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Military Quotes

Do your damnedest in an ostentatious manner all the time.

-- General George Patton Jr

Flags of Our Fathers

"Flags of Our Fathers" is a combined biography of six men who raised the Stars and Strips on top Mount Suribachi during the Battle of Iwo Jima. Five Marines and one Navy Corpsman. Today, the names of John Bradley (USN), Rene Gagnon (USMC), Harlon Block (USMC), Franklin Sousley (USMC), Mike Strank (USMC), Ira Hayes (USMC) were the "flagraisers" from right to left. Three were killed later during the battle. Three, by Presidential order, were pulled from the battle. "The Flags of Our Fathers" tells the reader about the different backgrounds of the six men from birth to their decision to enter the military. For Strank, Hayes, and Harlon Block were combat veterans, for the other three, Iwo Jima would be their first taste of combat. The book covers the training the the newly formed 5th Marine Division. The story covers the "flagraisers" combat experiences on Iwo Jima. "Flag of Our Fathers" covers the raising of the "first" flag, and why the small "first" flag was replaced by the "second" flag, which the famous "Raising the flag on Mt. Suribachi. James Bradley, son to John Bradley, recounts the story of Frank Rosenthal shooting the second raising; the myths about the event, and the misunderstandings of the flag raising event. The book continues with the 7th bond tour, in which the "flagraiser" were a part of. Mr. Bradley chronicals the lives of the remaining three until their deaths. John Bradley was the last to pass away in 1994. It was not tell the Bradley family was going through John's effects that James discovered the Navy Cross his father earned on Iwo, artifacts from the bond tour, and other memorablia from WWII. At that point James Bradley decided to discover why his father never talked his experience in the war or the flagraising event, and why his father never thought the event was that important. I personally recommend this book to you. It is the best account of my average Americans fought World War II, and how they reacted to peace. Two had troubled lives. One was going to make a decent living, take care of his family, and serve his community.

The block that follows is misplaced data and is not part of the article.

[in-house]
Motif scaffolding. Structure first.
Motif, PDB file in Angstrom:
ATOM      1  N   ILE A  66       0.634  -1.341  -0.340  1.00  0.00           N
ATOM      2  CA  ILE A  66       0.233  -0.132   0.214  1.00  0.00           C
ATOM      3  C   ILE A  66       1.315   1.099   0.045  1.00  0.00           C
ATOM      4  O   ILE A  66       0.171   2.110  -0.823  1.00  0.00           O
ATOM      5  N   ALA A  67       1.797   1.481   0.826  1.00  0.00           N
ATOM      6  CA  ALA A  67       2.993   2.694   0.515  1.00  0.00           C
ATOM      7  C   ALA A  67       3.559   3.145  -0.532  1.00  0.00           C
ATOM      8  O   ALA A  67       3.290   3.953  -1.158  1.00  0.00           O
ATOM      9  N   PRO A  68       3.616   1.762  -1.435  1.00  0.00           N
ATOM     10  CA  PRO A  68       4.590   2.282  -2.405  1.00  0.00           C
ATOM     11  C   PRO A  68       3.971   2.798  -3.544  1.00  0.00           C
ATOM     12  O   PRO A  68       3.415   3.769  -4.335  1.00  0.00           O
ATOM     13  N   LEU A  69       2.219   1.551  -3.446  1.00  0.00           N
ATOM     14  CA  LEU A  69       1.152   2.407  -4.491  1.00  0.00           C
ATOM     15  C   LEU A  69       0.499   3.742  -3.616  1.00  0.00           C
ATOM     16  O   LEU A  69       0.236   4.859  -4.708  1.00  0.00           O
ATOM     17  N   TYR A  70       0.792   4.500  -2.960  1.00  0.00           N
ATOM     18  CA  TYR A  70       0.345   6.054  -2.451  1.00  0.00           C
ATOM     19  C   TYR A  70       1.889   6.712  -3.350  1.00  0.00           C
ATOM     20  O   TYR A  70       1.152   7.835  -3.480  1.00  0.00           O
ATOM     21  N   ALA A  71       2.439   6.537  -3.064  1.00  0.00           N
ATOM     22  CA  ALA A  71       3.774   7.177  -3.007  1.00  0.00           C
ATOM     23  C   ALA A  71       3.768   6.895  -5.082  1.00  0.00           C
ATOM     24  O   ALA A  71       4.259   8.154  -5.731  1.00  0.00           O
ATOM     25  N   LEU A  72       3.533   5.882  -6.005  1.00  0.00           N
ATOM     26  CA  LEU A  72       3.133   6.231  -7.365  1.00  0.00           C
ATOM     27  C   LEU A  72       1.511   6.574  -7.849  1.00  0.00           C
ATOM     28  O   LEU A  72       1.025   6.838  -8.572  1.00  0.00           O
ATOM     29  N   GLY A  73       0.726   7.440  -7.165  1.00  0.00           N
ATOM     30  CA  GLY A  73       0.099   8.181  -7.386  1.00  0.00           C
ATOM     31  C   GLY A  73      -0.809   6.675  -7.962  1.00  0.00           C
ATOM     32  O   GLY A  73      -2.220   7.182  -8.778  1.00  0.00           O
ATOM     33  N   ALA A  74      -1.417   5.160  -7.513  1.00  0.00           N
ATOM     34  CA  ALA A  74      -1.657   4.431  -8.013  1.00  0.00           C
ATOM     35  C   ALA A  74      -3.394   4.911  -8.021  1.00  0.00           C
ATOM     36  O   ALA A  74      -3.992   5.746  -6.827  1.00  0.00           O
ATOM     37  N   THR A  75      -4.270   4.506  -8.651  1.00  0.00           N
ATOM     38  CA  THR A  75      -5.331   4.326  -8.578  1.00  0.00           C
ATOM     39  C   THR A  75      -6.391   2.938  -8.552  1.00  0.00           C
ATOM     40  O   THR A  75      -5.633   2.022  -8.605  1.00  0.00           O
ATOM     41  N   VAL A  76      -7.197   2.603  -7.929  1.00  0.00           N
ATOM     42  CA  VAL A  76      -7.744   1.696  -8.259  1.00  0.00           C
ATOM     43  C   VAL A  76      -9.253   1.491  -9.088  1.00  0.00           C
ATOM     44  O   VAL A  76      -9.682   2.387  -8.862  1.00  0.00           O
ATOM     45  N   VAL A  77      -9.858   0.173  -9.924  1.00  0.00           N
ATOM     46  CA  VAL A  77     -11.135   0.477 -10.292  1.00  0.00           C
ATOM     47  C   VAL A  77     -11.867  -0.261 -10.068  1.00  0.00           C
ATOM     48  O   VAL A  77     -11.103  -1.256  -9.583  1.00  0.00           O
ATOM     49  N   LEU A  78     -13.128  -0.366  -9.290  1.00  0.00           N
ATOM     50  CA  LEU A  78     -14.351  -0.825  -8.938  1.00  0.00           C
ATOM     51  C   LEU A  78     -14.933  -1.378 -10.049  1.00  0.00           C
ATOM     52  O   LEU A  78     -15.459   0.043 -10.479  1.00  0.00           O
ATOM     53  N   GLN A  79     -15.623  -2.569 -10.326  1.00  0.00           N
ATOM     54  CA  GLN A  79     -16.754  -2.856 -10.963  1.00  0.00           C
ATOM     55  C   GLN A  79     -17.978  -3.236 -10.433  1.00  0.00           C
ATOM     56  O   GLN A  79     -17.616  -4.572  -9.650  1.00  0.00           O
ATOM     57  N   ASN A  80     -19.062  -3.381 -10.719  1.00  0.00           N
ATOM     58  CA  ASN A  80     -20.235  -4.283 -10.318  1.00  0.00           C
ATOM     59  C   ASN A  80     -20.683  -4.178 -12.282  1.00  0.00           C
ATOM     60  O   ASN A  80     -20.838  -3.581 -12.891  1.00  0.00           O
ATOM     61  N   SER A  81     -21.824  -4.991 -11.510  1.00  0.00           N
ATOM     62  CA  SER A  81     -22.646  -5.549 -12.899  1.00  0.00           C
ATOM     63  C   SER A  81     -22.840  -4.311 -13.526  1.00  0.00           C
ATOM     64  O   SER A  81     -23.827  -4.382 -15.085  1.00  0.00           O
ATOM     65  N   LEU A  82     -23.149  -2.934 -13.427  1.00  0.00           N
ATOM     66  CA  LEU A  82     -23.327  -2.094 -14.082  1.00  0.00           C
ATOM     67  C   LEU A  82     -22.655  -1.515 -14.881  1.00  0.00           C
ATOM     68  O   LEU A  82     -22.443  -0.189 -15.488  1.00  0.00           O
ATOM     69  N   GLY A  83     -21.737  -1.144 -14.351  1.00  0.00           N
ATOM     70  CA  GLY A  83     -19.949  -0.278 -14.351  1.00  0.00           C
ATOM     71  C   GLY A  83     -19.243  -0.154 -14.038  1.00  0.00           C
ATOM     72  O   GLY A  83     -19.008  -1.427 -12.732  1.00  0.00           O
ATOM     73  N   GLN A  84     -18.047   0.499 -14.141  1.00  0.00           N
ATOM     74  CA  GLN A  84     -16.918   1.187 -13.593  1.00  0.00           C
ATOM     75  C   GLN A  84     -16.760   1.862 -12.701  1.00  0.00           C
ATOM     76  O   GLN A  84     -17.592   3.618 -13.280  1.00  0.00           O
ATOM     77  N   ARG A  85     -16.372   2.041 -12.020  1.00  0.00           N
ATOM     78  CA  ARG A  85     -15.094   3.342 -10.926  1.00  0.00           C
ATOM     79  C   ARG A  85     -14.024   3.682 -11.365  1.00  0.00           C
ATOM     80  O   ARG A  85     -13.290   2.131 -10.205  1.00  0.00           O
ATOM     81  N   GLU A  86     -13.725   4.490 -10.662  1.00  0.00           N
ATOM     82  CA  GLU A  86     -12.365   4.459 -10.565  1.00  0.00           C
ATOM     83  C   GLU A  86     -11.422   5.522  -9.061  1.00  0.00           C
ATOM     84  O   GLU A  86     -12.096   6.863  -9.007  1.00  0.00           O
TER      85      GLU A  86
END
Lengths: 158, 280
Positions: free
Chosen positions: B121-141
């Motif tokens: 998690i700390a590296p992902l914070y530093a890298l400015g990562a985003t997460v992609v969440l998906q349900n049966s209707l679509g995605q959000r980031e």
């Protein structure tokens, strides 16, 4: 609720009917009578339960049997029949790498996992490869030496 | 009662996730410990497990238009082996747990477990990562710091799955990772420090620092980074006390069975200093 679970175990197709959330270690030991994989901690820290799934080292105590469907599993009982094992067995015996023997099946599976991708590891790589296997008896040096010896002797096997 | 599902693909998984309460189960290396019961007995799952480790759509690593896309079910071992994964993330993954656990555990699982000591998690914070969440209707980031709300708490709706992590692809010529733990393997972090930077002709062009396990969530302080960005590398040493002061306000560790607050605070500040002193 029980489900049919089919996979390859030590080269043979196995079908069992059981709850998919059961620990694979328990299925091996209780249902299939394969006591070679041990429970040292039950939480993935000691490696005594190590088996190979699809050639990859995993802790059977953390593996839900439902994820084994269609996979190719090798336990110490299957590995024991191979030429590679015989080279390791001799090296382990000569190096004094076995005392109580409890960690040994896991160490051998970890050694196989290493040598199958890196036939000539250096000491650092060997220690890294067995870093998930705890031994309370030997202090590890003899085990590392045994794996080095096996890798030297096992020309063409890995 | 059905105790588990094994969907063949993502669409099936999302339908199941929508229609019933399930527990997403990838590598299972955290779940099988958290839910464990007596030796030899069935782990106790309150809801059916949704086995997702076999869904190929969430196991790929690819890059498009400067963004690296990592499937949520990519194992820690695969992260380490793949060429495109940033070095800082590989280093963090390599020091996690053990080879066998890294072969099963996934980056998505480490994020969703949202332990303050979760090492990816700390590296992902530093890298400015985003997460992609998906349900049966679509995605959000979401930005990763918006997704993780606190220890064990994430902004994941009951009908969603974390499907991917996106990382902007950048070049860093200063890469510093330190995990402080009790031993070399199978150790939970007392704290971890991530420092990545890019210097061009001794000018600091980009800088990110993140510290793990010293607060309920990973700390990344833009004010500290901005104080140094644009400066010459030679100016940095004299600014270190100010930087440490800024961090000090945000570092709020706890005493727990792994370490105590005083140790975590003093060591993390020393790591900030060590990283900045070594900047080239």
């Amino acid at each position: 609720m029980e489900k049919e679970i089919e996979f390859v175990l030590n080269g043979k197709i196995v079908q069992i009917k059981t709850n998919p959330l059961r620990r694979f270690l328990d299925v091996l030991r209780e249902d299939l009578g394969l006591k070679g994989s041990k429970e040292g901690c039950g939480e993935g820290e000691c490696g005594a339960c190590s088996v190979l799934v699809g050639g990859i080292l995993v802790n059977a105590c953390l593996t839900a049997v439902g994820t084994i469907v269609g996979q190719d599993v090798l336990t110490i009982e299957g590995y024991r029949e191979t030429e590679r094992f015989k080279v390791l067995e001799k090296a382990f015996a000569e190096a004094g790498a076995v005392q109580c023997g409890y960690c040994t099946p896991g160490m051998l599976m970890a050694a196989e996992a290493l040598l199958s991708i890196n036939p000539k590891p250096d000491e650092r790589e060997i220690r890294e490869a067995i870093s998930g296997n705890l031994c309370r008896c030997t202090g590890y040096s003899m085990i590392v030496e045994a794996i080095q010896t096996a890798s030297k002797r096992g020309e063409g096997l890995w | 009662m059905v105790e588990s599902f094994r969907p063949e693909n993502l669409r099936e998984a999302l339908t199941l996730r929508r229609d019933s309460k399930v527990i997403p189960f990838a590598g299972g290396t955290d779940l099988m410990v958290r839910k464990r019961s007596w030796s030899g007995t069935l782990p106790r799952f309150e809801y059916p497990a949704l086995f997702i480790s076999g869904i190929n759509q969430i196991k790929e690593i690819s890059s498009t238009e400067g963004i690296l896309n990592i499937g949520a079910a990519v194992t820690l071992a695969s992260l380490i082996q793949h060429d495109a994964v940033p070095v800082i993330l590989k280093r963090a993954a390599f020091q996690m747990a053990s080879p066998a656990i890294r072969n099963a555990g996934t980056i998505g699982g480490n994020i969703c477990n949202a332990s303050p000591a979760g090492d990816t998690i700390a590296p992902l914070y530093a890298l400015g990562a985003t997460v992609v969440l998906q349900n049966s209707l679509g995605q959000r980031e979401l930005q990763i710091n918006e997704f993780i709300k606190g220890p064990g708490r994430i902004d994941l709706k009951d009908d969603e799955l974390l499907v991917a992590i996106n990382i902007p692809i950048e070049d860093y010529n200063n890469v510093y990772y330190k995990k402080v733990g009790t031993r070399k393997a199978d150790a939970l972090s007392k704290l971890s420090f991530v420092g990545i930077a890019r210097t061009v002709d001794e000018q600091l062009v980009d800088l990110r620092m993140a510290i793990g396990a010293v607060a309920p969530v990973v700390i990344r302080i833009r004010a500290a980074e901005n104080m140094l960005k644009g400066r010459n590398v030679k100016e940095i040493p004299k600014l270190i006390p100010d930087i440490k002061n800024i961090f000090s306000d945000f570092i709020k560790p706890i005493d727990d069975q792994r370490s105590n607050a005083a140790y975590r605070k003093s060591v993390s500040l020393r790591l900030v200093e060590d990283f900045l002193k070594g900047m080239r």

Added:  Saturday, September 04, 2004
Reviewer:  usmcsgt65
Score:
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Language: eng

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This Day in History
1863: Confederate General John Bell Hood is officially removed as commander of the Army of Tennessee.

1870: Declaring he did not care whether or not it was the rebellious band of Indians he had been searching for, Colonel Eugene Baker orders his men to attack a sleeping camp of peaceful Blackfeet along the Marias River in northern Montana.

1941: Charles A. Lindbergh, a national hero since his nonstop solo flight across the Atlantic, testifies before the House Foreign Affairs Committee on the Lend-Lease policy-and suggests that the United States negotiate a neutrality pact with Hitler. He eventually contributed to the war effort, though, flying 50 combat missions over the Pacific.

1949: The Communist Chinese forces begin their advance on Nanking.

1951: Thirty-three F-84s of the U.S. Air Forces 27th Fighter-Escort Wing engaged 30 MiG-15s in a dogfight over the skies of Sinuiju. In less than a minute Captains Allen McGuire and William Slaughter each destroyed a MiG while First Lieutenant Jacob Kratt scored two kills, the first double MiG kill of the war.

1951: U.S. First Marine Division elements attacked guerrilla concentrations in the vicinity of Andong.

1953: The U.S. Air Forces 18th Fighter-Bomber Wing flew the last F-51 Mustang mission of the war.

1968: The USS Pueblo is attacked and seized by four North Korean torpedo boats, a N. Korean sub chaser ship and two Mig jets. The Pueblo is 15.8 miles off Wonsan, N. Korea, and in International waters. No American planes are scrambled from South Korea and except through diplomatic efforts, no attempt is made to recover the ship or its crew. One crew member is killed as a result of the attack and the crew is held in captivity for eleven months before being released.

1973: President Richard Nixon claims that Vietnam peace has been reached in Paris and that the POWs would be home in 60 days.

1986: The U.S. begins maneuvers off the Libyan coast.